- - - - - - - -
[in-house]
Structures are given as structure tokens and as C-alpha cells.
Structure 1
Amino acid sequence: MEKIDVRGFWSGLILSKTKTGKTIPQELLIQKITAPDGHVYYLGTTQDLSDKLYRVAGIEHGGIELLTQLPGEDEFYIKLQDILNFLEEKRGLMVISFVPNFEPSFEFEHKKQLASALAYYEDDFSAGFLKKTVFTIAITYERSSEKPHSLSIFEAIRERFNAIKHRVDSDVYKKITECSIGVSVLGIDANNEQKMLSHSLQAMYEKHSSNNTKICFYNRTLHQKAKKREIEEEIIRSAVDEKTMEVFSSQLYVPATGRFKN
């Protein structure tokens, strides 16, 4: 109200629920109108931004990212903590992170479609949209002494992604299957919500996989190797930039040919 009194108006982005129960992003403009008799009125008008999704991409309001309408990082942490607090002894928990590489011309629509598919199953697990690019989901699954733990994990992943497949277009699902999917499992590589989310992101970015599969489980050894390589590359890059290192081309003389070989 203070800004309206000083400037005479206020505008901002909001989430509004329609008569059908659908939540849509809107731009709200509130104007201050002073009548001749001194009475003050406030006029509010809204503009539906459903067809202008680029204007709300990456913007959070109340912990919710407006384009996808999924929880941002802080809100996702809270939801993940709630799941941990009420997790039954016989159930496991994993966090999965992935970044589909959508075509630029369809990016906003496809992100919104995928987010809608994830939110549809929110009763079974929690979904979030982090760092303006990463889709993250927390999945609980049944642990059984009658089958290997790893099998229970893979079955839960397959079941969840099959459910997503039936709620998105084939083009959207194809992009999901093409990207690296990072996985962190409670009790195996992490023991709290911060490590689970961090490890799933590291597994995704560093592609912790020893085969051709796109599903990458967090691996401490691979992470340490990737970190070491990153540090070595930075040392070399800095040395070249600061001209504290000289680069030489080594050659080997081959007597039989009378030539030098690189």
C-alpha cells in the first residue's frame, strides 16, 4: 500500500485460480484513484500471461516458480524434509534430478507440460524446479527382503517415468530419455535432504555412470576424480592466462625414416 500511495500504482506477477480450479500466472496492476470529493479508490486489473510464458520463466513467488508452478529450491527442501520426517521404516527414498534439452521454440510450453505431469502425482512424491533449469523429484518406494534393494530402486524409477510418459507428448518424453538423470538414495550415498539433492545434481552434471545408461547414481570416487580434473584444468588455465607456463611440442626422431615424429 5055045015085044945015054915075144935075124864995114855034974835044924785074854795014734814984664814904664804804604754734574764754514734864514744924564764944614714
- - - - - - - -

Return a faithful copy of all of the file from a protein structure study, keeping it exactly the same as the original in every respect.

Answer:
[in-house]
Structures are given as structure tokens and as C-alpha cells.
Structure 1
Amino acid sequence: MEKIDVRGFWSGLILSKTKTGKTIPQELLIQKITAPDGHVYYLGTTQDLSDKLYRVAGIEHGGIELLTQLPGEDEFYIKLQDILNFLEEKRGLMVISFVPNFEPSFEFEHKKQLASALAYYEDDFSAGFLKKTVFTIAITYERSSEKPHSLSIFEAIRERFNAIKHRVDSDVYKKITECSIGVSVLGIDANNEQKMLSHSLQAMYEKHSSNNTKICFYNRTLHQKAKKREIEEEIIRSAVDEKTMEVFSSQLYVPATGRFKN
């Protein structure tokens, strides 16, 4: 109200629920109108931004990212903590992170479609949209002494992604299957919500996989190797930039040919 009194108006982005129960992003403009008799009125008008999704991409309001309408990082942490607090002894928990590489011309629509598919199953697990690019989901699954733990994990992943497949277009699902999917499992590589989310992101970015599969489980050894390589590359890059290192081309003389070989 203070800004309206000083400037005479206020505008901002909001989430509004329609008569059908659908939540849509809107731009709200509130104007201050002073009548001749001194009475003050406030006029509010809204503009539906459903067809202008680029204007709300990456913007959070109340912990919710407006384009996808999924929880941002802080809100996702809270939801993940709630799941941990009420997790039954016989159930496991994993966090999965992935970044589909959508075509630029369809990016906003496809992100919104995928987010809608994830939110549809929110009763079974929690979904979030982090760092303006990463889709993250927390999945609980049944642990059984009658089958290997790893099998229970893979079955839960397959079941969840099959459910997503039936709620998105084939083009959207194809992009999901093409990207690296990072996985962190409670009790195996992490023991709290911060490590689970961090490890799933590291597994995704560093592609912790020893085969051709796109599903990458967090691996401490691979992470340490990737970190070491990153540090070595930075040392070399800095040395070249600061001209504290000289680069030489080594050659080997081959007597039989009378030539030098690189």
C-alpha cells in the first residue's frame, strides 16, 4: 500500500485460480484513484500471461516458480524434509534430478507440460524446479527382503517415468530419455535432504555412470576424480592466462625414416 500511495500504482506477477480450479500466472496492476470529493479508490486489473510464458520463466513467488508452478529450491527442501520426517521404516527414498534439452521454440510450453505431469502425482512424491533449469523429484518406494534393494530402486524409477510418459507428448518424453538423470538414495550415498539433492545434481552434471545408461547414481570416487580434473584444468588455465607456463611440442626422431615424429 5055045015085044945015054915075144935075124864995114855034974835044924785074854795014734814984664814904664804804604754734574764754514734864514744924564764944614714